Small scale farmers in Ghana: Issues they encounter

Farmers' lack of knowledge and resources contributes significantly to global food security issues.

Small scale farmers in Ghana: Issues they encounter

The majority of farmers in the developing world are small farmers, whose farmland usually does not exceed several hectares. More so, to get enough food to feed the world's population, farmers have to overcome a series of often unpredictable problems related to factors such as climate change, water shortages, lack of access to professional advice, and armed conflicts in agricultural production areas.

These problems leave millions of people displaced from their homes, unable to work in their fields, unable to get produce to markets or access supplies, and more.

Any strategy to improve food security must focus on increasing productivity and reducing post-harvest losses. Both governments and agribusinesses must promote cost-effective measures that take advantage of new precision farming technologies, strengthen infrastructure, offer professional training, and support smallholder farmers.

Through various public agrarian programs, governments can help farmers create cooperatives that allow them to use their collective strength. Private companies, for their part, can provide these farmers with professional advisory services and necessary materials and play the role of large wholesale buyers of their products.


But most importantly, the modern agritech market offers a variety of precision agriculture technologies for farmers all over the world, which are becoming more and more accessible, including in Africa.

Agriculture in Ghana

One of the biggest threats humanity faces today is climate change. That is why adapting to its changes, learning to mitigate its effects, and not contributing to it are the main tasks of many industries, including agriculture.

Unfortunately, it’s quite challenging for Africa to adapt to the long-term effects of climate change. Firstly, the farmers lack the necessary weather data to prepare for the upcoming climatic events and suffer severe yield losses. This is a particular issue for small farmers. In Ghana, the economy, livelihood, and food security largely depend on farming, mostly on smallholder farmers who account for about 80% of the food production in the region.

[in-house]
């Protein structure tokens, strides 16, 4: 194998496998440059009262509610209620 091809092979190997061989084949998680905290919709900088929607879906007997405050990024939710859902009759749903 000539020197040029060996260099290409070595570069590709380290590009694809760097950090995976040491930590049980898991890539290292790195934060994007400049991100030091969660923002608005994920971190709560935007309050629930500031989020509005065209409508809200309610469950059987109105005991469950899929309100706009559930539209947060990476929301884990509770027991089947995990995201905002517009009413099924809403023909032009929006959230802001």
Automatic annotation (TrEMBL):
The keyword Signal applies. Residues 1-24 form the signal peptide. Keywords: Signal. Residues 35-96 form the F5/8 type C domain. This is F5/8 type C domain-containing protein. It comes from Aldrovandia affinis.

The problem is that those farmers are very vulnerable due to their dependence on climate change, low adaptive capacity, and almost no access to necessary assets. However, Ghana’s small farmers can adapt to weather changes with the help of precision agriculture and the benefits it offers.


Satellite Data for Smallholder Farmers

Most small farmers in Africa rely on rainfall patterns due to having no access to other means of irrigation. With such dependence on the weather, it’s best to know about the upcoming weather threats or favorable conditions to plan field activities accordingly and protect the crop.

Usually, small farmers get their weather forecasts through radio or tv, but this data is not local enough, which makes it unreliable. Another issue for smallholder farmers in Ghana arises when they have to decide on fertilizer application — how much to apply and in which field zones.

To perform such precise planning, they also lack the necessary field data. This leads to resource overapplication, environmental pollution, and financial losses. The use of modern agriculture technologies, including precision agriculture software can help solve these issues. For instance, if farmers knew the soil and crop moisture levels on their fields they would be able to make reliable decisions on irrigation of each field area depending on its current condition, not having to worry about over or under-applying water.

This would increase production sustainability thanks to preserved water resources and help to save money. Same concept with other inputs (fertilizers, pesticides, herbicides, etc). Satellite imagery analytics is one of the biggest sources of data for farmers. There is different satellite data-based farm management software that can allow farmers to access reliable and relevant field data, including soil moisture, field productivity, crop health, local weather, and more.


Armed with such precision agriculture technology farmers can remotely monitor their crops and detect if they are experiencing stress due to a lack of water, fertilizer, etc. And having weather data to back up the other information, growers can also plan field activities depending on the forecast on the changes in weather patterns in general.

#FeaturedBy: Harry Harry



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